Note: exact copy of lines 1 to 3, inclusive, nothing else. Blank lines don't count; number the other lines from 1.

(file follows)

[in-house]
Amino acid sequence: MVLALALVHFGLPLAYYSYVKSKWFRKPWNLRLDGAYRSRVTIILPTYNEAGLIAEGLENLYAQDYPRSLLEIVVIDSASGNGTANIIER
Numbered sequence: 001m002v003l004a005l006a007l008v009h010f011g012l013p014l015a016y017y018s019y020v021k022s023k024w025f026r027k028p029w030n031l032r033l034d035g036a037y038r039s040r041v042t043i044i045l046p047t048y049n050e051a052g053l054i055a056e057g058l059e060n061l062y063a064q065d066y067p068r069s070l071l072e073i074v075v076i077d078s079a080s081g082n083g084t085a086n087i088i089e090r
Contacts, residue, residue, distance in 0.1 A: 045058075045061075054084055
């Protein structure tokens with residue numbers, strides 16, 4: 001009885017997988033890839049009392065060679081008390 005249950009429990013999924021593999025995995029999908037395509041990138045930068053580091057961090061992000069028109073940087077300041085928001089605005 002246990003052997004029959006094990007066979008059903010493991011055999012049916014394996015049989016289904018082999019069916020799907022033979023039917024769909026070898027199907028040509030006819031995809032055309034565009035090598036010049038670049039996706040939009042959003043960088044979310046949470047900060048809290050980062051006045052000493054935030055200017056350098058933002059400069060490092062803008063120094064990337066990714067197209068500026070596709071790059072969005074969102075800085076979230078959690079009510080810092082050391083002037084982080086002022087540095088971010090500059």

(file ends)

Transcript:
[in-house]
Amino acid sequence: MVLALALVHFGLPLAYYSYVKSKWFRKPWNLRLDGAYRSRVTIILPTYNEAGLIAEGLENLYAQDYPRSLLEIVVIDSASGNGTANIIER
Numbered sequence: 001m002v003l004a005l006a007l008v009h010f011g012l013p014l015a016y017y018s019y020v021k022s023k024w025f026r027k028p029w030n031l032r033l034d035g036a037y038r039s040r041v042t043i044i045l046p047t048y049n050e051a052g053l054i055a056e057g058l059e060n061l062y063a064q065d066y067p068r069s070l071l072e073i074v075v076i077d078s079a080s081g082n083g084t085a086n087i088i089e090r